Tuesday, January 08, 2013

A Radnorian and the Ku Klux Klan

John Evans, originally of Esgair Rhiw, Nantmel (1867-1958) and later a Saskatchewan politician and member of the Canadian House of Commons between 1921 and 1930, was a radical, anti-war, anti-imperialist, anti-capitalist voice who eventually left the Progressive Party to join the socialist CCF.

Why given this background was Evans accused of being a member of the Ku Klux Klan, and why does his comment in the Canadian Commons that the Klan's members were "not in any way what one might call hot-headed and they are absolutely against any violent or unconstitutional way of doings things" get quoted in various histories of racism in Canada?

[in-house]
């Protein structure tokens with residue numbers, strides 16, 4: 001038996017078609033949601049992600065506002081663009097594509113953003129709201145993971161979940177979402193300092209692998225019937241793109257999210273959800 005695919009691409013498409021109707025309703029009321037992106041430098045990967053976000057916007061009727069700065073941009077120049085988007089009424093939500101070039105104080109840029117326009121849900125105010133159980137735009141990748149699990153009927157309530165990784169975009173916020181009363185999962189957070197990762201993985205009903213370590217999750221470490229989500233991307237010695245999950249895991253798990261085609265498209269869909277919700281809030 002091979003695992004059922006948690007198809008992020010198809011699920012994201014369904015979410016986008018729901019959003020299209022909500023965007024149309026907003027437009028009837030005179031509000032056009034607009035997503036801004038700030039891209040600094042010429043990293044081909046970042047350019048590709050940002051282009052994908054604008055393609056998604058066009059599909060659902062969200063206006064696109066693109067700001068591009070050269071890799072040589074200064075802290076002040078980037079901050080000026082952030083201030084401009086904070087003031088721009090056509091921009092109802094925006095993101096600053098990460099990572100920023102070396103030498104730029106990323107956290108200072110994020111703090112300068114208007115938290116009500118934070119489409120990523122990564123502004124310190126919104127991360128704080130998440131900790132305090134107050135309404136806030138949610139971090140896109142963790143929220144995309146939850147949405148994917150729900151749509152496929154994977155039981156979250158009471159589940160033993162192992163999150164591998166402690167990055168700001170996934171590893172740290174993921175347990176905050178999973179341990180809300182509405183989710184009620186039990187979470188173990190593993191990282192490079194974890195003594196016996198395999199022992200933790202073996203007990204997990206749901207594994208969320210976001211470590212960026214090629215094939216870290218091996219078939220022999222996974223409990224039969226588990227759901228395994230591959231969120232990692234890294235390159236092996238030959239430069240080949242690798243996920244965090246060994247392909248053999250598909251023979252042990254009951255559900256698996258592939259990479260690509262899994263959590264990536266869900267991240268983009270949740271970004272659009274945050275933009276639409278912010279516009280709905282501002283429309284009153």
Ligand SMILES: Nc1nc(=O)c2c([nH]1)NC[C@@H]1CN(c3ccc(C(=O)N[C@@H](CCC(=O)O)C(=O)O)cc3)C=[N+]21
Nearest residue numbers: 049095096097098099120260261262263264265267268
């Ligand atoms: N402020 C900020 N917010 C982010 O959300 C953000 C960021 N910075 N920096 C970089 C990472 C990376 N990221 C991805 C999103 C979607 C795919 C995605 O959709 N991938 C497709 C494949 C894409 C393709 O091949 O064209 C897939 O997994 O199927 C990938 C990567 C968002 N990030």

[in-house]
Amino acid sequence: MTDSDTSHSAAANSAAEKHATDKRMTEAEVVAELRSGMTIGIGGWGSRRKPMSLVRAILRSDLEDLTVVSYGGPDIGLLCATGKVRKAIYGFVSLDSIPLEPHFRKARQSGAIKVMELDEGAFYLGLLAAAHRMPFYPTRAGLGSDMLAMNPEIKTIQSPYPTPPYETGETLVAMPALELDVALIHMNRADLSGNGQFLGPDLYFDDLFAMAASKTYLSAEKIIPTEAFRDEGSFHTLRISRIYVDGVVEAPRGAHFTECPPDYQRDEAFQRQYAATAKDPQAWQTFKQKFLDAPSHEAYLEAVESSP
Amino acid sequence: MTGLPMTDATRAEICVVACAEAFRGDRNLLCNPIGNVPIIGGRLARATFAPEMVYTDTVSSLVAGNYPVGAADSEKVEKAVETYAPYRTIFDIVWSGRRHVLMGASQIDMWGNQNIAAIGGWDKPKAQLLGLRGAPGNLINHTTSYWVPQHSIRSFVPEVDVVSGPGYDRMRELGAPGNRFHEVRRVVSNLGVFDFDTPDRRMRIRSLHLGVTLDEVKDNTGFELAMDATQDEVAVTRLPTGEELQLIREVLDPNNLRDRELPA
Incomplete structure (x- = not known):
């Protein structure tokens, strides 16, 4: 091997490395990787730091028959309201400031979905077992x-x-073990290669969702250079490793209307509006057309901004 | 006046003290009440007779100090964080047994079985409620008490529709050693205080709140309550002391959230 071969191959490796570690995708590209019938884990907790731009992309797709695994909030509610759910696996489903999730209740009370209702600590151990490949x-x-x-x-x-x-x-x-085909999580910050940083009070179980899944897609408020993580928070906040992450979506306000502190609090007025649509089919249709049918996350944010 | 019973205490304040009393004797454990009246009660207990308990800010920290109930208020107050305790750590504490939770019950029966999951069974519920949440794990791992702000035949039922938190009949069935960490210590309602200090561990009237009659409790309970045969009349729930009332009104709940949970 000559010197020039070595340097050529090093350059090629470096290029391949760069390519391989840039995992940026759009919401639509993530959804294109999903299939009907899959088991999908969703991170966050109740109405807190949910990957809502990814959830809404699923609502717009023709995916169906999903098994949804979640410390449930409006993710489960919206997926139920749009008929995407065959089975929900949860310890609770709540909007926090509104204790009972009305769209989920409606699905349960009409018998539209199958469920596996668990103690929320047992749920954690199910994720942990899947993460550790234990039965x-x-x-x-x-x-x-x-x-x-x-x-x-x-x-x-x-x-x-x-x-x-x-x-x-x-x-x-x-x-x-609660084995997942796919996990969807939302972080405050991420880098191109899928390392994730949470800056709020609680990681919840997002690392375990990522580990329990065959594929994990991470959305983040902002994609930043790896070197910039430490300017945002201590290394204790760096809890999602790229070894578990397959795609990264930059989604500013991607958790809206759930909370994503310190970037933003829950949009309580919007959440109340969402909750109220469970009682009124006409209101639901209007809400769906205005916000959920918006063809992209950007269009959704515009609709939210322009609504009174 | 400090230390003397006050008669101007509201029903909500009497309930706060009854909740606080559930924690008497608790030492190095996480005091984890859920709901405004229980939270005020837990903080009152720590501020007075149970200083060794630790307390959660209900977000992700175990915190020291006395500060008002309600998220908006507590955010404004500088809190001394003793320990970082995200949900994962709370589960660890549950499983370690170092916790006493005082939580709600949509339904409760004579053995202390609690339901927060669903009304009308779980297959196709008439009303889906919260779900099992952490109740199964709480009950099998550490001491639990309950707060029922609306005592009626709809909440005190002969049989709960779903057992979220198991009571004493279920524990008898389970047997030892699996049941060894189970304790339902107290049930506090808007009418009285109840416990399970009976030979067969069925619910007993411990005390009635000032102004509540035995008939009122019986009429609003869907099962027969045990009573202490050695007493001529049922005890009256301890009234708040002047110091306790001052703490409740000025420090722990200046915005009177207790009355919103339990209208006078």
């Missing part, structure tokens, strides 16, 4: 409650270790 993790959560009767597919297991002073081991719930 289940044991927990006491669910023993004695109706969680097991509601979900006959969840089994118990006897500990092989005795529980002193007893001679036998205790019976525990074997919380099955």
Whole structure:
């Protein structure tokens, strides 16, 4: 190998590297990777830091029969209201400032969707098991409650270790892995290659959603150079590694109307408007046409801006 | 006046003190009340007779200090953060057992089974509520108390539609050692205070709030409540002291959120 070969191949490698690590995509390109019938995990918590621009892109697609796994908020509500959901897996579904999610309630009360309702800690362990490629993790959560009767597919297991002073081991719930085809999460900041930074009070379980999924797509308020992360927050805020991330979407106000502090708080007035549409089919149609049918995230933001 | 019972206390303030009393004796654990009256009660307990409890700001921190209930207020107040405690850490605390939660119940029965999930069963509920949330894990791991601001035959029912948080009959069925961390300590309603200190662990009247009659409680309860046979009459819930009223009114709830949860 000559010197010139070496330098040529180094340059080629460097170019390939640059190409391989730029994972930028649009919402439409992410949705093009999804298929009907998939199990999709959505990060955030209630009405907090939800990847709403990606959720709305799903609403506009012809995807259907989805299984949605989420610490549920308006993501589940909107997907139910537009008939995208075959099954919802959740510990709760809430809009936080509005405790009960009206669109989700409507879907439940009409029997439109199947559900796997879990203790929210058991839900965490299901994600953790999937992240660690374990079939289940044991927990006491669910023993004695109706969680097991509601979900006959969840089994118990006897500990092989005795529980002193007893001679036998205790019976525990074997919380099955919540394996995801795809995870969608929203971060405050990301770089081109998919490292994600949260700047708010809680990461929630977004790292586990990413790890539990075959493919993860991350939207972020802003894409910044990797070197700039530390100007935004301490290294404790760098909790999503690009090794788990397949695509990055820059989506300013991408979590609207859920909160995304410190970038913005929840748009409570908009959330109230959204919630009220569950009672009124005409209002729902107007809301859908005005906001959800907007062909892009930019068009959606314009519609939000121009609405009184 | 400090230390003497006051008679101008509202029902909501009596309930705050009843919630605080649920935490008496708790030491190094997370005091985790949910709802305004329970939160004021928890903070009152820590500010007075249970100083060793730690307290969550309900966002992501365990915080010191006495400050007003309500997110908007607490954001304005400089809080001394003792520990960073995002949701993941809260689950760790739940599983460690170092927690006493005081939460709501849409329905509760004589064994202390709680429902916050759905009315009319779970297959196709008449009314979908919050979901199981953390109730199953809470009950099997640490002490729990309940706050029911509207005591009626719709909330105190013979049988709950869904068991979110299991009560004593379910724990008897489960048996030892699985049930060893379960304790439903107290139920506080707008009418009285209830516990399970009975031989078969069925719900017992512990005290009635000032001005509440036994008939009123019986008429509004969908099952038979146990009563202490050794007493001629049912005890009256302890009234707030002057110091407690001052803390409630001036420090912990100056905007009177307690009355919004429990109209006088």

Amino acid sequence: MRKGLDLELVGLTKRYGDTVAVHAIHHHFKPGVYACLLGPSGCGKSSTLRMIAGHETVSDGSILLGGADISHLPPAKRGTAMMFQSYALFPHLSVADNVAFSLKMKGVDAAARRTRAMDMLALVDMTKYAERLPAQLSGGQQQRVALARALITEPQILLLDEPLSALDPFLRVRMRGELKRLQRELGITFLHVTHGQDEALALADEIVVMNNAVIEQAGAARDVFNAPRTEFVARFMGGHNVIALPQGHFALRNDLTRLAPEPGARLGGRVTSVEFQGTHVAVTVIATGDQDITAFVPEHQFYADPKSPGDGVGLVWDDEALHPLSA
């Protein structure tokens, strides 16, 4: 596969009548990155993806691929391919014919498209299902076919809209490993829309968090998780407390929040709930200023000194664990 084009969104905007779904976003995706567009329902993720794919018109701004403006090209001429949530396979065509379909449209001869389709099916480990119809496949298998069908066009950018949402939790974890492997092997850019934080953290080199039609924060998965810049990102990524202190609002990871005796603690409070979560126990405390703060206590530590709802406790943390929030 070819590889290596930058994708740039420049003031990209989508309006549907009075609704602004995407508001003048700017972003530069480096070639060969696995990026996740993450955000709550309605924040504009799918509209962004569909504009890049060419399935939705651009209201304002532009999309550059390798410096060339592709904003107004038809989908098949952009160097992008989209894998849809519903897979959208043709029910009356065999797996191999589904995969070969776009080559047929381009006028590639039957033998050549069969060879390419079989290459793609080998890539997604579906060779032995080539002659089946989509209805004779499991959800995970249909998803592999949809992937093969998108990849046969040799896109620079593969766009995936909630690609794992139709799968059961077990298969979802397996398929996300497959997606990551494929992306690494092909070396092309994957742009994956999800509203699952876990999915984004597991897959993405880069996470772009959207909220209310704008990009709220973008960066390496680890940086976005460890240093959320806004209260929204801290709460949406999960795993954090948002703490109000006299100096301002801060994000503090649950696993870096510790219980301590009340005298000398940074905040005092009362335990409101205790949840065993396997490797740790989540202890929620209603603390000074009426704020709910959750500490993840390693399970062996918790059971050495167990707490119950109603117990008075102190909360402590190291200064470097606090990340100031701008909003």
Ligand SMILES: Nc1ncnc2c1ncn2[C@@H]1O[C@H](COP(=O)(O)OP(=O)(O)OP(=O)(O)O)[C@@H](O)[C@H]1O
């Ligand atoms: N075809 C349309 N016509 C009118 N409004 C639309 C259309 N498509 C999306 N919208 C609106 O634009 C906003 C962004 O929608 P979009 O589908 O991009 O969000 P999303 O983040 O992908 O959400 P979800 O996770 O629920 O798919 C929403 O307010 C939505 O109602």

It comes as a surprise to learn that the Klan was estimated to have 25,000 members in Saskatchewan in the late 1920s, this in a province with less than a million inhabitants.  The prairie Klan had only the most tenuous links with its American progenitor, although it adopted the same regalia and cross-burning antics.  It exploited fears about East European immigration and the influence of the Roman Catholic church in some of the province's public schools.  If John Evans sought to ride the Klan tiger - and he would have known of another popular, secretive, oath-bound society from his native parish, the Rebeccaites of Radnorshire - his political enemies rode it better; Evans' defeat in the 1930 General Election being put down to Klan backing for his Conservative opponent.

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